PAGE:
Monday, 15 December 2008

Autumn has become early winter, the Redwings that began passing through in late September have now been joined by Fieldfares chack-chacking their way overhead. I have been keeping an eye on the rowan berries in the hedgerows in the hope they will attract some Waxwings, many of which have arrived for the winter on the north and east coasts. Unfortuantely, for the Waxwing seeker, rowan berries are also attractive to thrushes, and the Redwings and Fieldfares have taken their toll. Today there were no berries left, apart from on the enormous tree in the grounds of Ripon College. This will be the focus of my attention from now on.

Heavy rain last week caused the River Thame to flood east of the village and the flood waters attracted 2 Mute Swan. These birds were visible from the first floor of my house (with the aid of a powerful telescope!) and were therefore a valid addition to the garden list (birds seen in, from or would have passed over, the house and garden)!

An adult male Pheasant has been feeding in neaby gardens and today appeared in mine, clearing up spilt nyger seed from the Goldfinch feeder:

Ground feeding raptors: Whilst doing the early morning cycle ride to work in Oxford, I have often noticed Red Kites and Common Buzzards in the fields alongside the road towards Wheatley. These birds appear to be actively feeding on what I presume to be invertebrates disturbed by recent ploughing, with Red Kites frequently seen running and taking prey from the bare earth The standard reference, Birds of the Western Palearctic, reveals that whilst invertebrates were found in 21.6% of Red Kite pellets, they were thought to be from the crops of prey they had eaten. Studies in France showed a breakdown of mammals (45%), birds (20%) and fish (19%) in Red Kite pellets, whilst in central Spain reptiles, amphibians and invertebrates feature strongly in the Kite diet, including beetles, grasshoppers and earthworms. This illustrates just how varied the diet of these birds is and must be another reason behind their phemonenal breeding success in these parts. Strangely though, Red Kites have been far fewer in numbers in the last few weeks, were they so abundant in autumn due to post breeding dispersal?

Thusrday 20th November 2008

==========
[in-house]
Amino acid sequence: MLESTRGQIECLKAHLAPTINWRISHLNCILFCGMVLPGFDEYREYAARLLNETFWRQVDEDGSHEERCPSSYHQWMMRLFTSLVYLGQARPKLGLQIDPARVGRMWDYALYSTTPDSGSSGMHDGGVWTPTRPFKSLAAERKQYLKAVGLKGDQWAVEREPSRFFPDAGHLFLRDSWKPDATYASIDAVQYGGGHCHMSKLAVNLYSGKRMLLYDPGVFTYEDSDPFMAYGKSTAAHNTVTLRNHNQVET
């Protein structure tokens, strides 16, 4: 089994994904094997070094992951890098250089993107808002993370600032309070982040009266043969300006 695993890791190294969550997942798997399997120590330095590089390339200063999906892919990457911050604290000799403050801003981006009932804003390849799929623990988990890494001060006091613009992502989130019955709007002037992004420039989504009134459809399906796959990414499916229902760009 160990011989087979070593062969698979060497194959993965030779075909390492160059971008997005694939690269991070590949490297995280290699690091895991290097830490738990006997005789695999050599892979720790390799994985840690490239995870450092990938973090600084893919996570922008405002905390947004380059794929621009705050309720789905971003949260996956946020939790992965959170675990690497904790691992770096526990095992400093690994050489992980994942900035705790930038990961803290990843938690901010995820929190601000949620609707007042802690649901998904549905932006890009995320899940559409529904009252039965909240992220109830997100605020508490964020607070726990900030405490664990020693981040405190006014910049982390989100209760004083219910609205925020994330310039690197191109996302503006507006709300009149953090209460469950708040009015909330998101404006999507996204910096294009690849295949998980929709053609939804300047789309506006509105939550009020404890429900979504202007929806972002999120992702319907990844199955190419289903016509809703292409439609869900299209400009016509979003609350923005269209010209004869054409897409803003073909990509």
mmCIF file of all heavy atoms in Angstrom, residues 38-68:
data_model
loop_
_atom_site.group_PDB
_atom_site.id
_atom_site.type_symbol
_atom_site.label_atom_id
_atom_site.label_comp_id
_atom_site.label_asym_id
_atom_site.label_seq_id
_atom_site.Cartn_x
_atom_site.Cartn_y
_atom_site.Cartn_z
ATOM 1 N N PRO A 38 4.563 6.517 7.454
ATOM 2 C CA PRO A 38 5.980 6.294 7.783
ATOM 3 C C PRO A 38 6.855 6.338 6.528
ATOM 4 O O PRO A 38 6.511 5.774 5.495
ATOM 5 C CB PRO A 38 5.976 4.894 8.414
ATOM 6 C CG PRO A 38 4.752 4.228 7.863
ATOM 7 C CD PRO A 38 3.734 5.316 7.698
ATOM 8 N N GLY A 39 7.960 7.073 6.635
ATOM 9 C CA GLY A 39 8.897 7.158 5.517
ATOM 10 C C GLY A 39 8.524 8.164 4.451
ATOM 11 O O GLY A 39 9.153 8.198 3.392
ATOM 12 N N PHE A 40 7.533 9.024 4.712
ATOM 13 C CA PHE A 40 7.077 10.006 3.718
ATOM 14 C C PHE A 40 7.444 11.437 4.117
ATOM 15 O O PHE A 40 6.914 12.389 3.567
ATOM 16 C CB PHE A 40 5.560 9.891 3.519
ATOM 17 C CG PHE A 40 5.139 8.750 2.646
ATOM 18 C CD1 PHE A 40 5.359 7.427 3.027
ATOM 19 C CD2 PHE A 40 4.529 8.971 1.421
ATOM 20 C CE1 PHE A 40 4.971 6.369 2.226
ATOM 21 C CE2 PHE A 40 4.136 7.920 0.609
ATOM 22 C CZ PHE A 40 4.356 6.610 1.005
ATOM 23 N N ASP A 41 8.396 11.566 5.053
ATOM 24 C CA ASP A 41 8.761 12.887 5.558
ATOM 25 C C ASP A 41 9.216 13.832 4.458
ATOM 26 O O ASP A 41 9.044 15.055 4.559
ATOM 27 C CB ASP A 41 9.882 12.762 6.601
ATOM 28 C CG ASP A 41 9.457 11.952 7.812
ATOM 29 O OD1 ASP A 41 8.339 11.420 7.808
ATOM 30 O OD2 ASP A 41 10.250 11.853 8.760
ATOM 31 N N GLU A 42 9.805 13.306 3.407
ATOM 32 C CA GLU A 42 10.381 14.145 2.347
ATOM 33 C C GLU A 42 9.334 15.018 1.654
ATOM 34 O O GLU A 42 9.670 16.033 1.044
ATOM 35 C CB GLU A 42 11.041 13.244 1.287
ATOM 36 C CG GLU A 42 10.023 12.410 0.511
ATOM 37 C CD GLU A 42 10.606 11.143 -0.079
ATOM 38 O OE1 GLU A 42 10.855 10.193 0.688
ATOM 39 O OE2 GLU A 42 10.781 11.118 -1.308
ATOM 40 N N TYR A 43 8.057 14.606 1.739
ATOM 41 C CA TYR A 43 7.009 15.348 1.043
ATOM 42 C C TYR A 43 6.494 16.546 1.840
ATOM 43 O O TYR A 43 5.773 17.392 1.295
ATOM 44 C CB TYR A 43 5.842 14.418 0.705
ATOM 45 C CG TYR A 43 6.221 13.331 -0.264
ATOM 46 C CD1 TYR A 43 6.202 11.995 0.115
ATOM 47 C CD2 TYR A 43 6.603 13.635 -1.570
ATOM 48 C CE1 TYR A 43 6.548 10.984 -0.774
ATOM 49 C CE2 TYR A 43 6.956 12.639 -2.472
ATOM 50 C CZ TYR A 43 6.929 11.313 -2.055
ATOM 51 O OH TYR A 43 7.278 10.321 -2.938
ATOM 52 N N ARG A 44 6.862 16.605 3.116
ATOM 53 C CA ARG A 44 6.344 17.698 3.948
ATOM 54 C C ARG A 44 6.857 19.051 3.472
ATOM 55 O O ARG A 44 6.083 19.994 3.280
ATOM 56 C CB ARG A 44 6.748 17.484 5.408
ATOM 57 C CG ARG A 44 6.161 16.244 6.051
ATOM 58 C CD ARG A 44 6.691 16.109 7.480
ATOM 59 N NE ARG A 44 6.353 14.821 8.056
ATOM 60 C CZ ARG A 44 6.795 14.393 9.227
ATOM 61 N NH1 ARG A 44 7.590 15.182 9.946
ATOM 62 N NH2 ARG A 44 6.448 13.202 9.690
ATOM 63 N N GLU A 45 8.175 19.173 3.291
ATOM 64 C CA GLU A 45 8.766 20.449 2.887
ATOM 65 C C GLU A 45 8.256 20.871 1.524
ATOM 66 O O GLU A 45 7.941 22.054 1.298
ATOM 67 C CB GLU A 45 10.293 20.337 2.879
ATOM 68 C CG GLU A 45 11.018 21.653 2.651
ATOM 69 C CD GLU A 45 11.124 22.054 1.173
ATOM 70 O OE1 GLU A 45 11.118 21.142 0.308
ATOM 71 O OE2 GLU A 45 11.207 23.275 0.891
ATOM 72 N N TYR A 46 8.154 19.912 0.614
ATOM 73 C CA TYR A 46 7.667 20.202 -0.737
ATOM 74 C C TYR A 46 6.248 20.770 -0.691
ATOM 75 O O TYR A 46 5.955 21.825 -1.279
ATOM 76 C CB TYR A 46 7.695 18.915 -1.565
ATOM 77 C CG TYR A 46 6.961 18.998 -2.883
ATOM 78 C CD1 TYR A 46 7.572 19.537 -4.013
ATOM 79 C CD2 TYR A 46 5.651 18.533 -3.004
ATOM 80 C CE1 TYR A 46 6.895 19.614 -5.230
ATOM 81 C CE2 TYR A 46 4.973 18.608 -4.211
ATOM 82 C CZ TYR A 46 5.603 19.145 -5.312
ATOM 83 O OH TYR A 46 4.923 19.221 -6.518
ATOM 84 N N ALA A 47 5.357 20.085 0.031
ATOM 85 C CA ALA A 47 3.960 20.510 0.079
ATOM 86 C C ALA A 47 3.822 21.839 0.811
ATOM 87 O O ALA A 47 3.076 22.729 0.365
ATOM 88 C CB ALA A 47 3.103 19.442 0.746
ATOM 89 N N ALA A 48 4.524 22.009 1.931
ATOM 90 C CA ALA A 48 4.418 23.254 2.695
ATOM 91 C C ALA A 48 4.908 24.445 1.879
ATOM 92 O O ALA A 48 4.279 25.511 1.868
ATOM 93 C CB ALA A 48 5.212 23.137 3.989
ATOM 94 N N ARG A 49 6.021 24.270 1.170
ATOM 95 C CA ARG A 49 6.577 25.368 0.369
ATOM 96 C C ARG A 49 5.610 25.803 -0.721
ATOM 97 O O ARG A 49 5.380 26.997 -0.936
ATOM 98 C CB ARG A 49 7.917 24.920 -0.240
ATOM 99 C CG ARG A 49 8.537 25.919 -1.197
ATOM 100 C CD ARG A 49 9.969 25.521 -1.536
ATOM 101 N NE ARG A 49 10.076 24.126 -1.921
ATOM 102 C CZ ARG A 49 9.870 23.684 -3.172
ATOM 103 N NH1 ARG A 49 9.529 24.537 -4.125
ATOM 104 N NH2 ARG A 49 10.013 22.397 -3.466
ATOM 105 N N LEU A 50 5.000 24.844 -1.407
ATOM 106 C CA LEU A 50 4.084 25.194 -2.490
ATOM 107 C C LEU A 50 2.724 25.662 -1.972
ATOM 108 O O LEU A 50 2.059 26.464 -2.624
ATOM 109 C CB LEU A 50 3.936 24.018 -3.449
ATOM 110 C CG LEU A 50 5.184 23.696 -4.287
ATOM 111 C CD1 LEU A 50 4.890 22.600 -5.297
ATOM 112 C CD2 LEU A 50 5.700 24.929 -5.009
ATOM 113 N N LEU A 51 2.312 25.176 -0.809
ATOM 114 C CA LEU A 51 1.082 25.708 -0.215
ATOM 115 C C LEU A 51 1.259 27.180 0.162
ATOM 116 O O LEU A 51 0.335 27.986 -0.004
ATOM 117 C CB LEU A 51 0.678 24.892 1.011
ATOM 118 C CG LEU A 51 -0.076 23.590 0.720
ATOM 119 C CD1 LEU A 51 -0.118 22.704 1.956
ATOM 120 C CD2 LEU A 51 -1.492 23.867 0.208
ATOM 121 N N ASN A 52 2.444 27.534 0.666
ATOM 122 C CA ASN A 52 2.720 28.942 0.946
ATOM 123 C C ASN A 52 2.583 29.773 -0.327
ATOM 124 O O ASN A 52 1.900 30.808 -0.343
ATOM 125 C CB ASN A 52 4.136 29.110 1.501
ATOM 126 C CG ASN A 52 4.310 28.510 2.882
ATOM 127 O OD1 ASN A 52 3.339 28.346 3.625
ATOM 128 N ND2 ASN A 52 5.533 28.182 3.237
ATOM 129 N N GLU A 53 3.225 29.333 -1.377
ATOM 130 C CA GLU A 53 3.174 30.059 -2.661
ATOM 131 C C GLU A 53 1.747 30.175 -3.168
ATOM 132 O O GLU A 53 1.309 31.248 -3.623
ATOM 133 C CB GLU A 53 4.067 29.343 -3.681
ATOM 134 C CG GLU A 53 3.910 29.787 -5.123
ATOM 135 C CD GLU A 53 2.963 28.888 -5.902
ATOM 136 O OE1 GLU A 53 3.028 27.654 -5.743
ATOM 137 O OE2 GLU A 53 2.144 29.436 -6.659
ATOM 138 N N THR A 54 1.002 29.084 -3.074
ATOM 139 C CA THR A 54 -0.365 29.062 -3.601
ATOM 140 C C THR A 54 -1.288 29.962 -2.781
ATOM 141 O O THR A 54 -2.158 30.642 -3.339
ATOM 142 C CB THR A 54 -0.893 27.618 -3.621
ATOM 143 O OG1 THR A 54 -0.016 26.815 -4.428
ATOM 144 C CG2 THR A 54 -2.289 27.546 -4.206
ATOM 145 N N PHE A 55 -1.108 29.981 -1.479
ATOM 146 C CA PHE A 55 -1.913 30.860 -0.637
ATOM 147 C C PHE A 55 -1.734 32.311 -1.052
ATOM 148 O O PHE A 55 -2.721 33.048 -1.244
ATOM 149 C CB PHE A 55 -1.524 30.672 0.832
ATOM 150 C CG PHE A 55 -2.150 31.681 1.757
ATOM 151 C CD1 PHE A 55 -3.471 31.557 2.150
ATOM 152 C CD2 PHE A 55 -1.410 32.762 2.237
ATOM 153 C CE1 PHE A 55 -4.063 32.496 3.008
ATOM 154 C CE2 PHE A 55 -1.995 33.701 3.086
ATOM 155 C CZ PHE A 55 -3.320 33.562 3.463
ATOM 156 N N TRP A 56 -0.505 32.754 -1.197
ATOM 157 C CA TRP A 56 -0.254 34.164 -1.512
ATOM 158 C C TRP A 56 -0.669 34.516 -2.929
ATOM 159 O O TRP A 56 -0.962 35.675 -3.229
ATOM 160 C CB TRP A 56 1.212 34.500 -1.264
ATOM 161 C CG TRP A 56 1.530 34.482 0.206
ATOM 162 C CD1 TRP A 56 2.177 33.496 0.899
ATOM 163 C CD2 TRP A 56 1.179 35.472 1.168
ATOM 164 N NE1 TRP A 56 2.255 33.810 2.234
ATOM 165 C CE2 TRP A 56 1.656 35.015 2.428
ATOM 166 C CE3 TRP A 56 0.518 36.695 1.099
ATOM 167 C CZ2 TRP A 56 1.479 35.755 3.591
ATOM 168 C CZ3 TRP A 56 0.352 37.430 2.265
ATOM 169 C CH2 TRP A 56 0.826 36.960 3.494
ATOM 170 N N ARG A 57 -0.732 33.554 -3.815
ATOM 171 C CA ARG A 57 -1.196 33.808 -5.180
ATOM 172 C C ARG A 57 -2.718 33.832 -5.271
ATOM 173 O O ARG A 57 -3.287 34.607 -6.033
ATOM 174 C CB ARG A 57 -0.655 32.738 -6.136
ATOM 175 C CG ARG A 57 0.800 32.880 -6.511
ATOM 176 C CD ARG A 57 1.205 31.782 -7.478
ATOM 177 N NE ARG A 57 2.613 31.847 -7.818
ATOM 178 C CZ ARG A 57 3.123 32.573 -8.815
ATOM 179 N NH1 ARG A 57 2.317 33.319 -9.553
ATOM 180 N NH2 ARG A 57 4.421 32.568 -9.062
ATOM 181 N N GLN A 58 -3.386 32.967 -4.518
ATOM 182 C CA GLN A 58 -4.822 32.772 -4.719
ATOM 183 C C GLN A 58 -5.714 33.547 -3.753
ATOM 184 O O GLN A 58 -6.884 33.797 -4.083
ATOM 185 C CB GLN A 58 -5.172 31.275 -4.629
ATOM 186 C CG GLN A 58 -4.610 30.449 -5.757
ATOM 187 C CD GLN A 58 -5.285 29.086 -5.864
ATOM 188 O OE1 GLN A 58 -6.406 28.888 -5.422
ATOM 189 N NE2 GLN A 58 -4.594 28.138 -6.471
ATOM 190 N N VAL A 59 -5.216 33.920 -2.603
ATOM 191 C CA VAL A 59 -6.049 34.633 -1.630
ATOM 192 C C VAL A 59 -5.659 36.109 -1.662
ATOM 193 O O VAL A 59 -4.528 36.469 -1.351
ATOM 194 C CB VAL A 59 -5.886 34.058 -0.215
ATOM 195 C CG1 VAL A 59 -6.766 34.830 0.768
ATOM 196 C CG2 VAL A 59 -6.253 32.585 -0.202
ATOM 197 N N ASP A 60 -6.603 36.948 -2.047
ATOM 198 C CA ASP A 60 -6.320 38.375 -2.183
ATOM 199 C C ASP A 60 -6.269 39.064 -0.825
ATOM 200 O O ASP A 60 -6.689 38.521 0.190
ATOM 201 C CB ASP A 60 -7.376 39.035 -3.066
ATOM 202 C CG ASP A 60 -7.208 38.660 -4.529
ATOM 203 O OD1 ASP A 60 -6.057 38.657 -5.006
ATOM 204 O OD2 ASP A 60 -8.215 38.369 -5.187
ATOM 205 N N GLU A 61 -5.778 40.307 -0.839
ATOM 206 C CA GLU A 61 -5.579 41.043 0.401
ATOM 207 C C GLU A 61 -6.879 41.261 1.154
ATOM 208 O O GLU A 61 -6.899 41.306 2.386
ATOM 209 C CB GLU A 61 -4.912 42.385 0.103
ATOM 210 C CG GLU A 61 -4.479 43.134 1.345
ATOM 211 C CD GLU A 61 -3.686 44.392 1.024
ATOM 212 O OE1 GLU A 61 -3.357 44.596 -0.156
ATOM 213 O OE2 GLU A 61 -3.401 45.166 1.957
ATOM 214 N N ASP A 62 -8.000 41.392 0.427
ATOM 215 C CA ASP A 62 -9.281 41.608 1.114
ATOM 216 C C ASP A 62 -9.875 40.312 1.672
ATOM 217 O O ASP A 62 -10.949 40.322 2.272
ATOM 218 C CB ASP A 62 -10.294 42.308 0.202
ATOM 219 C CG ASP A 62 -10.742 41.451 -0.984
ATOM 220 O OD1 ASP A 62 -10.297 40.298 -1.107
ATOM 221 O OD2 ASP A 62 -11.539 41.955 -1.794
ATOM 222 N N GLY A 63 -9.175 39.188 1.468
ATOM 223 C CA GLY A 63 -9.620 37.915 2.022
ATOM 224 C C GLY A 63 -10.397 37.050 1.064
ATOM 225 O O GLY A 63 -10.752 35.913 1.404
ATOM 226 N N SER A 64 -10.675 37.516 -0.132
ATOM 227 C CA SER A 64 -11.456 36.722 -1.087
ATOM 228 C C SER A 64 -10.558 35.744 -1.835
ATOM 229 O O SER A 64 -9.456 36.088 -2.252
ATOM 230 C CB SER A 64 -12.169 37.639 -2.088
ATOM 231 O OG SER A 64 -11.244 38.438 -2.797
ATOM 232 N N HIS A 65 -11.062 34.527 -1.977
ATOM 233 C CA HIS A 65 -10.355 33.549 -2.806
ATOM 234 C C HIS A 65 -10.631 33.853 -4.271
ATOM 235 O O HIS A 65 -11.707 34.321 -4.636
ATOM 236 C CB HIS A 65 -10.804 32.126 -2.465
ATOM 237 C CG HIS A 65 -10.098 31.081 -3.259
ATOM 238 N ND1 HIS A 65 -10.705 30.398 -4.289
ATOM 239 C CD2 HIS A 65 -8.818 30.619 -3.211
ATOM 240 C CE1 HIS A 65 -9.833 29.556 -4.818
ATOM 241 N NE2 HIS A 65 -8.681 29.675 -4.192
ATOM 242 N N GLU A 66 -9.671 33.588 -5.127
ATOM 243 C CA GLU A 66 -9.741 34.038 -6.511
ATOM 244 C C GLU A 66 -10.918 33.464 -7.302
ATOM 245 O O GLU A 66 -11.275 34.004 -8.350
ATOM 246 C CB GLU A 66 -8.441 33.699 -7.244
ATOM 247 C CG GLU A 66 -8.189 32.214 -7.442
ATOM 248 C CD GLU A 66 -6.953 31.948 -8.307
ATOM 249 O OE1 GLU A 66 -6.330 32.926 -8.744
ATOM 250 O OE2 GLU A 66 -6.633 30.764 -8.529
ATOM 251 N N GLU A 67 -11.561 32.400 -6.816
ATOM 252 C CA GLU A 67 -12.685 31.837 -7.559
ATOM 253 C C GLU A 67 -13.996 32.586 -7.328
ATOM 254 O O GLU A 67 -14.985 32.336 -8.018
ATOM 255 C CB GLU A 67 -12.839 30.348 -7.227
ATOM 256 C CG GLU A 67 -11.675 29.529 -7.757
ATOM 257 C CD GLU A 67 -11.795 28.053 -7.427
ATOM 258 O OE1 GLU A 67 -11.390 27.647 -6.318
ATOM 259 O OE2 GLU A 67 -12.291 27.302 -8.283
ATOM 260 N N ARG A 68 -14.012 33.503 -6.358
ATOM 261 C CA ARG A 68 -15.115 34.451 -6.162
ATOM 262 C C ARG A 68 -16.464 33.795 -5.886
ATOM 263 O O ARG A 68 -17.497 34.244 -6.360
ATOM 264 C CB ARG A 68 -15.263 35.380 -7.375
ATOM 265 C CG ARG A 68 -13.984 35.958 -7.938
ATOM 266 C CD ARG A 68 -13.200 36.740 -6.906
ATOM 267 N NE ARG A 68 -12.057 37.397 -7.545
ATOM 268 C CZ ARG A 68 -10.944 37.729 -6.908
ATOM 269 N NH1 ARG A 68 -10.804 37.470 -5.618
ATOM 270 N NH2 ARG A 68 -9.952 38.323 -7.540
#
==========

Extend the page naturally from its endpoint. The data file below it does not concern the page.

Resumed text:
Reasons why I am birder #1: I am at home awaiting a lift, which is already half an hour late. Feeling introverted I am reflecting on my move to the countryside and the change in my relationship over the last year that has brought it about. My mind is feeling rather dark. I notice 4 woodpigeon fly past my front window... mmm, those were small, long-bodied, long-winged fast flying pigeons... fortunately, it only takes 0.5 seconds for the penny to drop... GOLDEN PLOVER! I race to the back door and into the garden, where 4 disappearing Golden Plover are clearly visible. I physically jump for joy at the unexpected intrusion of these birds in my life, mind and garden list and I realise I feel completely different to the person I was just 15 seconds ago. Birds can do that to you. And you never know when it may happen again. Just let next time involve Waxwings...

Monday 8th December 2008

A cold spell, with heavy night frosts and raw daytime temperatures. Still no Waxwings. Anywhere in Oxfordshire. I've noticed a couple of mammals in the last week though, although the first was sadly roadkill, a badger on the road to Wheatley. The second, alive, was a nice close view of a fox near the Mini plant on Friday night, obvilious to me on a bike. My fiance Summeara, while driving back through Garsington one night last week, had a Tawny Owl flying alongside the car all the way down the hill, apparently hunting using the light from her headlights.

The cold weather has increased Fieldfare numbers with over 200 in fields above Cuddesdon, while despite a local farmer carefully placing rotating coloured balloons on sticks in his freshly sown field, the newly emerging shoots still attracted over 250 Woodpigeon. That'll teach 'em to sow in autumn ;-)

No comments:

Post a Comment